Bangalore, city of paradox.

Retrospective on the many heritage of a indian modern city.

 Douchan Palacios
 Available Translations: Français

India’s Silicon Valley.

That is definitely the first thing you will hear about it.
Bangalore, with a population of 6, 5 million inhabitants is the capital of the state of Karnataka. It has been able to take advantage of opening of Indian’s economic frontiers during 9O’s and won the race leading to the global market as a pioneer city in the aeronautic, biochemical, computing as well as services industries: those famous call centres (1).
Nowadays this city attracts more and more qualified youth, often willing to change to new professions in order to avail of the highest salaries in India as a result of investment from multinational companies. Since last ten years Bangalore is facing a socio-economical crisis: population explosion, increase in buying power and inflation.
Highly proud of being part of the Indian influence on the world, Bangalore likes to show off as a modern and westernized city simultaneously respectful towards Indian traditional values. Let us consider the auto rickshaw as a constant element throughout the country. By comparison with rest of the country we can try to understand the lifestyle we are to point out: here in Bangalore, the rickshaw driver speaks fluent English, drives with an earphone linked to his mobile and smokes cigarette rather than bidie (2).

A Garrison town.

Under the British rule Bangalore became capital of the state and many industries were established in the city. Since its central situation on the Deccan plateau makes it a strategic place for southern India’s administration, Bangalore was converted into a garrison city with huge cantonments accommodating soldiers and officers, exercise spaces and arms industry besides. All these new areas created around the walled city deeply influenced orientations and imposed constraints in the future development of the city.
Today these lands, still belonging to army, are lying in the guise of forgotten fenced enclaves, across which only trees are pouring. So that one finds downtown the city, between business district and commercial malls, a huge empty space dedicated to military parade (see map). They act as impenetrable pockets surrounded by the road network which daily takes great efforts to avoid them and ensure continuity at urban scale.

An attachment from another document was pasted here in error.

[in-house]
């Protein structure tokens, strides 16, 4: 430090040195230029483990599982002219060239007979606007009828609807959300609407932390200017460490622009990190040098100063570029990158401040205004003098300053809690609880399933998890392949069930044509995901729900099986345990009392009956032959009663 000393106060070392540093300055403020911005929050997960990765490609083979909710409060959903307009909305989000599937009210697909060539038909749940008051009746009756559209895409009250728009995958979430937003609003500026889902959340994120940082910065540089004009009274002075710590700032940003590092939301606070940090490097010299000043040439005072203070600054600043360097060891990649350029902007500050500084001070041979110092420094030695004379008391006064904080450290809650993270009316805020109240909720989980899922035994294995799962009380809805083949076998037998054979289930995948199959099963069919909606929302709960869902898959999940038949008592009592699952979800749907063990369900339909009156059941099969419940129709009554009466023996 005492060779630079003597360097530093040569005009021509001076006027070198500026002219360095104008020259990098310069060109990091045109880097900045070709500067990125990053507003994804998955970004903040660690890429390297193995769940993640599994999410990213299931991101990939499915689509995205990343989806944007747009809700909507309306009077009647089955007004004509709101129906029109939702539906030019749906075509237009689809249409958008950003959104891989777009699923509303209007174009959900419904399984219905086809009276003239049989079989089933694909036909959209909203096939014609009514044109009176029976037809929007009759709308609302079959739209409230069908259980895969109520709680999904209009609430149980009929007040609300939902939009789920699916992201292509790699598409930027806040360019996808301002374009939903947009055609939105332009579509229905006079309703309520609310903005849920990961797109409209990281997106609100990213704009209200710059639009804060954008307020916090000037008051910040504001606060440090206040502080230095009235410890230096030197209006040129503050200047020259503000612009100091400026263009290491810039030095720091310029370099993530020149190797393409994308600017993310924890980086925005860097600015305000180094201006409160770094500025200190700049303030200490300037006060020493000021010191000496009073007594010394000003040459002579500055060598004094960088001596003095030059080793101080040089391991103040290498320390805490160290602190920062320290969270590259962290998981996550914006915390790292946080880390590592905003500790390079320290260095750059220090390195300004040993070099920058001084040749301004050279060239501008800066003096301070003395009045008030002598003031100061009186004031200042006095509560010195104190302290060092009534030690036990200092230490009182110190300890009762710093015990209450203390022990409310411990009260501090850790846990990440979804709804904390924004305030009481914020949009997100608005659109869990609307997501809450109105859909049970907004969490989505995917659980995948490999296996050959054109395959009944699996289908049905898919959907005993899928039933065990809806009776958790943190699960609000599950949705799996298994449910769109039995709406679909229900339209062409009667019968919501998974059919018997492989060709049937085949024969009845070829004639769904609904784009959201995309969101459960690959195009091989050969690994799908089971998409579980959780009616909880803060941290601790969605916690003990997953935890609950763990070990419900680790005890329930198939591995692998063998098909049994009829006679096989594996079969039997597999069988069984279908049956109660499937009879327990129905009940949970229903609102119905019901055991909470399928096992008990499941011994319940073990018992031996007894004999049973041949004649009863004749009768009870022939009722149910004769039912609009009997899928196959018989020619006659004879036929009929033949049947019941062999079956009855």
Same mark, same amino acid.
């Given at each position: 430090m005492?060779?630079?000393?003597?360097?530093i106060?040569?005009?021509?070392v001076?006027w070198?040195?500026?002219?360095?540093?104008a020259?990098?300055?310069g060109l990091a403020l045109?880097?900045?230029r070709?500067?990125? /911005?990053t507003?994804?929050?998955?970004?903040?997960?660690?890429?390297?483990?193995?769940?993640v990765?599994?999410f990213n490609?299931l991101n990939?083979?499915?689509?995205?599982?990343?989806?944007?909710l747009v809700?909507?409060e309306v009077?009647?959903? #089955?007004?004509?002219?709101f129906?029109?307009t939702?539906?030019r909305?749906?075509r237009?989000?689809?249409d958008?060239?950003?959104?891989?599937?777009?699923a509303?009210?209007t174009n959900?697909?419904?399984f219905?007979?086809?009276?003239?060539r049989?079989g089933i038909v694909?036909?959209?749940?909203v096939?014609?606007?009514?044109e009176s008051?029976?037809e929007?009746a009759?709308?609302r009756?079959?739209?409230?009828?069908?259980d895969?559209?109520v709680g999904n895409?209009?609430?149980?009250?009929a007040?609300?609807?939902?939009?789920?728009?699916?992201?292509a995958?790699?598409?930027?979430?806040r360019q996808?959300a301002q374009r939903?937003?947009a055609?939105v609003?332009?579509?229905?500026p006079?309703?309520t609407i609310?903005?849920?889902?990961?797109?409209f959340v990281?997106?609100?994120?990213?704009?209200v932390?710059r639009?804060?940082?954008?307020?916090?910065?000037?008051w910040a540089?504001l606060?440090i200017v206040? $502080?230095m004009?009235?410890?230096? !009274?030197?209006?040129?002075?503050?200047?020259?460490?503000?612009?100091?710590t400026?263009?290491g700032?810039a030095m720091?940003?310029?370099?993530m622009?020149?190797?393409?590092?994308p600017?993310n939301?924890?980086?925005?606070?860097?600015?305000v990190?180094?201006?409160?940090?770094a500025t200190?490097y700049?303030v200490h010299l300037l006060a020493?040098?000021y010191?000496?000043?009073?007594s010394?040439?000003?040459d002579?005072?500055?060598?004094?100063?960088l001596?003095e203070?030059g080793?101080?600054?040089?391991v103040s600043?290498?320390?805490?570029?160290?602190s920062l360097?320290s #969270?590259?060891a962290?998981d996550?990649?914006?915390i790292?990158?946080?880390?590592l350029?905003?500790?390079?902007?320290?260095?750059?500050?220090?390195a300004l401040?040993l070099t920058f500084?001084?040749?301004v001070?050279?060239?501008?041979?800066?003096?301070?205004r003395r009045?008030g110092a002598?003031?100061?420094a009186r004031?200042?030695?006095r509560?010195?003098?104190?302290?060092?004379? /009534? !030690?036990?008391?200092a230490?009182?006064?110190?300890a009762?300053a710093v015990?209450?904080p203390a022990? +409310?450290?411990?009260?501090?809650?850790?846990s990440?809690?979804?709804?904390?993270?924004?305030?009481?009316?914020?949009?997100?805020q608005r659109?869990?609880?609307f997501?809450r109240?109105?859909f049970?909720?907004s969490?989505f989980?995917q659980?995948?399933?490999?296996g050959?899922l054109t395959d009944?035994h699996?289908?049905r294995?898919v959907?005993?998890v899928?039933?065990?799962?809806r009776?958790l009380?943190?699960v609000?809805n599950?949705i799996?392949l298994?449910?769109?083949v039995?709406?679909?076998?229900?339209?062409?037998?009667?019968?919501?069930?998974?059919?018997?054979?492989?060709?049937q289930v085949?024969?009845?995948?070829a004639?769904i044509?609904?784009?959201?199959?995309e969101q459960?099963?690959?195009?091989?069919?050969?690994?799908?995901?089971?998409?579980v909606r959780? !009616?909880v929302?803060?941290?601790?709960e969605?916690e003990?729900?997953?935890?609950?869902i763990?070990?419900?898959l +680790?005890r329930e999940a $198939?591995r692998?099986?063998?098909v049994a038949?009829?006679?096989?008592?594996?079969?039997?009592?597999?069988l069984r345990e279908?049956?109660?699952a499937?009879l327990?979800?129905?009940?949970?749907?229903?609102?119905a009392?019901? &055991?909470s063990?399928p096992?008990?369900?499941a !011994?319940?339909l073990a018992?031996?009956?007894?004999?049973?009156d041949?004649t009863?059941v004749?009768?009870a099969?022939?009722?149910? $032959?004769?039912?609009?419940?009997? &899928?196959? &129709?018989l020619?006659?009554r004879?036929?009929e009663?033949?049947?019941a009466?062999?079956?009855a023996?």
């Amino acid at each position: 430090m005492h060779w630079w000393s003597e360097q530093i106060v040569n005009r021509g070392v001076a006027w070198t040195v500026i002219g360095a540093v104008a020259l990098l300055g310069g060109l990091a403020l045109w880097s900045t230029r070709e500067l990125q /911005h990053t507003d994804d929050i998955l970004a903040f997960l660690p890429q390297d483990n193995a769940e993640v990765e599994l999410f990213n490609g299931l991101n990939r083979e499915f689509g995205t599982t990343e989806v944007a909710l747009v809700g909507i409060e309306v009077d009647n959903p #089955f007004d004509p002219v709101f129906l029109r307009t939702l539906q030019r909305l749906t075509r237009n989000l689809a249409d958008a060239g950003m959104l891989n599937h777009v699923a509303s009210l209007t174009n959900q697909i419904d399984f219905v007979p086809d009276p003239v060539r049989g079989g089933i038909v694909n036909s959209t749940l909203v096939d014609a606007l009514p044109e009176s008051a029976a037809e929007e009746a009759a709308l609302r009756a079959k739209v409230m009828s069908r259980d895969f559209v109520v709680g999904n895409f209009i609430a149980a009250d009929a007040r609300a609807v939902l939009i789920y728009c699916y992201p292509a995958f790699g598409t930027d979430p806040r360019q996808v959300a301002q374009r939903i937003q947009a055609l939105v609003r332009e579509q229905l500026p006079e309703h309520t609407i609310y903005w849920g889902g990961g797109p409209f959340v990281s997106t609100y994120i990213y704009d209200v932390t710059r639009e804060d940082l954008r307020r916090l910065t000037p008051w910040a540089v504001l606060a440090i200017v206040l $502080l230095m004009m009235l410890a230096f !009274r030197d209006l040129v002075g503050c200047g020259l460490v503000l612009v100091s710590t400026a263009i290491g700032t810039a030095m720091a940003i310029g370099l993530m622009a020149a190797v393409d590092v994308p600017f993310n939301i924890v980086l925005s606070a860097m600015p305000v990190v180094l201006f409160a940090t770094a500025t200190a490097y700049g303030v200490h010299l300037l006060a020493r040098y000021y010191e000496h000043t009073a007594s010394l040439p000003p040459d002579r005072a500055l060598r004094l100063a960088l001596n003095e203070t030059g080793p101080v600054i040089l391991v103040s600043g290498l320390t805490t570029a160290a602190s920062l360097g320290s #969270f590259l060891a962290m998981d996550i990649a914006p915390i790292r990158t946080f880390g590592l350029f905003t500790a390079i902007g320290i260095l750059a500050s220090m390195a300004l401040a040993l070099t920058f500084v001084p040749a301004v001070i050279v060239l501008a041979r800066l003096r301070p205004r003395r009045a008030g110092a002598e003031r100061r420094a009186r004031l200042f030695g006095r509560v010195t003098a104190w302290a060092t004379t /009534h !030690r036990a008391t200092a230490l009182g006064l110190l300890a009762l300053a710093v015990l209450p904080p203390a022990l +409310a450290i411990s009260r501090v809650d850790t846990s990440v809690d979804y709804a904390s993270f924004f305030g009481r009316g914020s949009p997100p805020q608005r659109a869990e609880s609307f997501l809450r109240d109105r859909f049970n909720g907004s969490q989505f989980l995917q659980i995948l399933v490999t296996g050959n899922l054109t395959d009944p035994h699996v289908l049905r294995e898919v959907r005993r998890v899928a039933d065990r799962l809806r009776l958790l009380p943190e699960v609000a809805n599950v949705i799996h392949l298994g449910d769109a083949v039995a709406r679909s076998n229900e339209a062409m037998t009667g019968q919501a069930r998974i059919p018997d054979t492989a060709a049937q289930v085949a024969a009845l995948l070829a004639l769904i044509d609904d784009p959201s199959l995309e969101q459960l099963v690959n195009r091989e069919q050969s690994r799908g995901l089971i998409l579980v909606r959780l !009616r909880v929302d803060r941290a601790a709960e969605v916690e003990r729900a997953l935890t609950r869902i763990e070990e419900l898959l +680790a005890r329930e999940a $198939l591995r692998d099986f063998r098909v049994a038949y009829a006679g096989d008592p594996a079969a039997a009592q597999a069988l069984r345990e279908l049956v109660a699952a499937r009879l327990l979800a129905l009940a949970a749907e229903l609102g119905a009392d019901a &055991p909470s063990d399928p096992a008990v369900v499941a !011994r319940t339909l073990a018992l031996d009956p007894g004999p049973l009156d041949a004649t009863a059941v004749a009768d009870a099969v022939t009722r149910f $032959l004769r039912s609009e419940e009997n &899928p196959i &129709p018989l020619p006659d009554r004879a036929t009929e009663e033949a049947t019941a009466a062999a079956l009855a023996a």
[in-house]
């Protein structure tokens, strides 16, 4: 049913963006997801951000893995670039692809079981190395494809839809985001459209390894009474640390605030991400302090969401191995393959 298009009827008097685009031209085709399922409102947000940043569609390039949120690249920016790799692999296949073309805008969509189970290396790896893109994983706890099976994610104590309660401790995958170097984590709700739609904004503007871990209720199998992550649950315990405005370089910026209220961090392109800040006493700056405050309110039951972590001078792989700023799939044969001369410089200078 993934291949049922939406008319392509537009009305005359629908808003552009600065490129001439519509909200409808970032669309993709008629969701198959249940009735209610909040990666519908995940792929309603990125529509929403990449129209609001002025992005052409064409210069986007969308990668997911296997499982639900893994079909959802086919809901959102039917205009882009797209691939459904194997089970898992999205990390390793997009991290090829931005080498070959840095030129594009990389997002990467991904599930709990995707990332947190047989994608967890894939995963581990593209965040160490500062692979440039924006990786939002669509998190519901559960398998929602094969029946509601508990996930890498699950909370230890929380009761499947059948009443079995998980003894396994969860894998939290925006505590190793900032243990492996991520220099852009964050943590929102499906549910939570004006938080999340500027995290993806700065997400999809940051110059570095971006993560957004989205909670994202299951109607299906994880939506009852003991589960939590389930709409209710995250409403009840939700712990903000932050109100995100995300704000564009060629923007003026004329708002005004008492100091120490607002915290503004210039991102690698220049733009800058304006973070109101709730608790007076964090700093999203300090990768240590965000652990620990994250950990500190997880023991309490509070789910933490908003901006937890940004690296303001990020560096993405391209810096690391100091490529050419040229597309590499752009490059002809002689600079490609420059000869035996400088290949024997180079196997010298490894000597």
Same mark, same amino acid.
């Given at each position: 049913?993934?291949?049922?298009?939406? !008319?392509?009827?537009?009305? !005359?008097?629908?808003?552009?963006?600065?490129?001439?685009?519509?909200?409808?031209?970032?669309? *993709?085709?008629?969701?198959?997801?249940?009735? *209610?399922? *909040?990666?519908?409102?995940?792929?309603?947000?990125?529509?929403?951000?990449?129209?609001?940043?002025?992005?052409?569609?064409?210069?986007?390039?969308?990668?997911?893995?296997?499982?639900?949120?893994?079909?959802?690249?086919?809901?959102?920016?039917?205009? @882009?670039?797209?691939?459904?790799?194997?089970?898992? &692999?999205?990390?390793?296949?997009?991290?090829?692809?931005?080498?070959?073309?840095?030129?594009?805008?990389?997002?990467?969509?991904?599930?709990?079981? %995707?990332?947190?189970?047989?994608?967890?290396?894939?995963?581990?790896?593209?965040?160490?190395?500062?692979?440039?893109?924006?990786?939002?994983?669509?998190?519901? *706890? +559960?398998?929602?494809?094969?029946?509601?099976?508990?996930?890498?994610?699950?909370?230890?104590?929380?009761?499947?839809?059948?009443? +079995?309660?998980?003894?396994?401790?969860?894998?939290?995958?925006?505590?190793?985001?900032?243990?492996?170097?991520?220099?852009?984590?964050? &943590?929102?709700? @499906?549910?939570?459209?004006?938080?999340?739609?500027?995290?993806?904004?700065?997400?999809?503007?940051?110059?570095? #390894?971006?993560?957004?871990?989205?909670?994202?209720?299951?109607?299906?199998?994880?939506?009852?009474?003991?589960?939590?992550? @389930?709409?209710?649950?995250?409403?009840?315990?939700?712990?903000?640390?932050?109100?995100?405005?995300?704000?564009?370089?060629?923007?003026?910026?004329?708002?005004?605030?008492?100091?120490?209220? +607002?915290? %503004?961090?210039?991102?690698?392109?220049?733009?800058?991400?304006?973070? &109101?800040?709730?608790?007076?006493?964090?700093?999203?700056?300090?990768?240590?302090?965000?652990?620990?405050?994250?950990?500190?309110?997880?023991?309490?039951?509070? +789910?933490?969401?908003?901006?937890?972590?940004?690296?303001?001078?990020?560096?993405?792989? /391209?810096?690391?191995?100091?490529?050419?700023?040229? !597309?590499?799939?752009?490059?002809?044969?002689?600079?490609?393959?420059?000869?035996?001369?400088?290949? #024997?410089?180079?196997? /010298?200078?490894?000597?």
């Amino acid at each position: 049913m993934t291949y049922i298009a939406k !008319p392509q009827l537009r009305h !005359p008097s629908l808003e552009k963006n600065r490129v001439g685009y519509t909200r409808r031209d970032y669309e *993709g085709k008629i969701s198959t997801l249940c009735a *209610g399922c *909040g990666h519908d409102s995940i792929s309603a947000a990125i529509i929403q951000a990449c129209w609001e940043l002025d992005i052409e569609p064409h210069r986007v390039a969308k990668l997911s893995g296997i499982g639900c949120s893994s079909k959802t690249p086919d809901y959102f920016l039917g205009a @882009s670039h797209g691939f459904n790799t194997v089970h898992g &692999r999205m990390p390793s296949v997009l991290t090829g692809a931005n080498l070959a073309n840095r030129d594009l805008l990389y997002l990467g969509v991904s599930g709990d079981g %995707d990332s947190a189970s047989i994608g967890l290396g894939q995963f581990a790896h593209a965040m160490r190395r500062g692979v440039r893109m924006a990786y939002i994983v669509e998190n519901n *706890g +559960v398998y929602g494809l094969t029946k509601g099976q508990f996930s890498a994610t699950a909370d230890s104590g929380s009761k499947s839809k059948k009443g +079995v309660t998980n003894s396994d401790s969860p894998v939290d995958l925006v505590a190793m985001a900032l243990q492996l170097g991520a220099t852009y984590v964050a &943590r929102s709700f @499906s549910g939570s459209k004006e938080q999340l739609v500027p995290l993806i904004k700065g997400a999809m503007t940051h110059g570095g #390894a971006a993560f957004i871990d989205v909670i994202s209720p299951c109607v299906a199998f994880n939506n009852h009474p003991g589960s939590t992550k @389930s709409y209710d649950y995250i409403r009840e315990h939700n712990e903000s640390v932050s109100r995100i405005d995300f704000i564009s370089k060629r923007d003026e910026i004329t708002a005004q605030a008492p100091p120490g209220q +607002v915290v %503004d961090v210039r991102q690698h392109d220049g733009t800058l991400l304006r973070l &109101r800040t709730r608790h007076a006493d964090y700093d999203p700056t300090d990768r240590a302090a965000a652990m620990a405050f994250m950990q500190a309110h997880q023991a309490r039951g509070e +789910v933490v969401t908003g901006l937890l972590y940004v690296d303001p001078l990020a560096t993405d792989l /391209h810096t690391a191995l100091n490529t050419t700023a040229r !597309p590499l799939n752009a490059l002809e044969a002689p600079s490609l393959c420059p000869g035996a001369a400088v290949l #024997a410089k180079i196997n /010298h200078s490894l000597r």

Nevertheless, these “pockets” constitute fantastic real estate and landscape opportunities in Bangalore as they still preserve densely wooded spaces, real lungs of the city.

Garden city.

Thus it is precisely the strong qualities of its landscape and climate which have attracted the colonial administration as well as the contemporary leading edge investors to Bangalore. Located at a height of 1000 meters, the Deccan plateau has always avoided the hot summer temperatures and constitutes a perfect site of settlement, in a luxuriant natural environment (3).
From the beginning of the 18th century the British officers have been interested in one of the unique characteristics of the region: a network of “thousand and one lakes”, constellation of semi artificial water bodies communicating with each others through a drain and dam system. These reservoirs were used to harvest rainwater, irrigate cultivation and recharge underground water in self sufficient and sustainable management of natural resources.
The rapid grow of the city has brought about the disappearance of plenty of trees and half of the lakes in Bangalore, all within a span of ten years.

Which heritage?

Consequently the question is: what kind of model Bangalore city is now heading for?
The excessive use of air conditioning, the destruction of natural resources, anarchic urbanization and extreme pollution turn the legendary pleasant weather of the city towards a warmer climate.
Public authorities seem to have resigned from their tasks: irregular waste collection, water shortage, electricity cuts and transport infrastructures in deplorable state. All these lead inhabitants and businesses to develop individual solutions to sustain to their own needs. In this situation how could one imagine a positive return of investments on the city and public services?
Rampant race toward modernity put Bangalore in an ambiguous and paradoxical situation: it seems to have mortgaged its multiple heritages for this dream of techno city, which it seems unable to realize. At present, Bangalore is definitely trapped into an in-between situation offering neither the vivacity of the traditional city nor the efficiency of a modern one.
Life goes on, of course and at all costs, but if Bangalore pretends to be the spearhead of the “Shining India» one wonders how much will India have to pay to achieve its feat of strength at the global scale.

(1)« Bangalore, Silicon Valley à l’indienne » Michel Raffoul, Le Monde Diplomatique, janvier 1997

(2) The vehicle itself is less often decorated than it could be somewhere else, its decoration disappearing as respect for the woman grows, it seems.

(3) "Deccan Traverses : The making of Bangalore’s terrain”. Anuradha Mathur and Dilip Da Cunha, 2006, Rupa&Co editions.

Illustration table:
[1] Bangalore Call centre
[2] Bangalore Cantonments maps (1924).
[3] Typical road along an army land.
[4] Bangalore, view from the Mysore Bank roof. foreground: Karnataka High Court park.
[6] View of a drain in Koramangala area.
[5] Map of lake and drain network before human settlement.
[7] Synthesis map on contemporary situation.
[8] Mysore Bank by Charles Corréa : a building which makes sense in Bangalore. Timelessness expression of its volumes, thin towers in ventilation-shaft-shaped: those concrete pipes facing the horizon are more than gazing away for us, they breathe for us!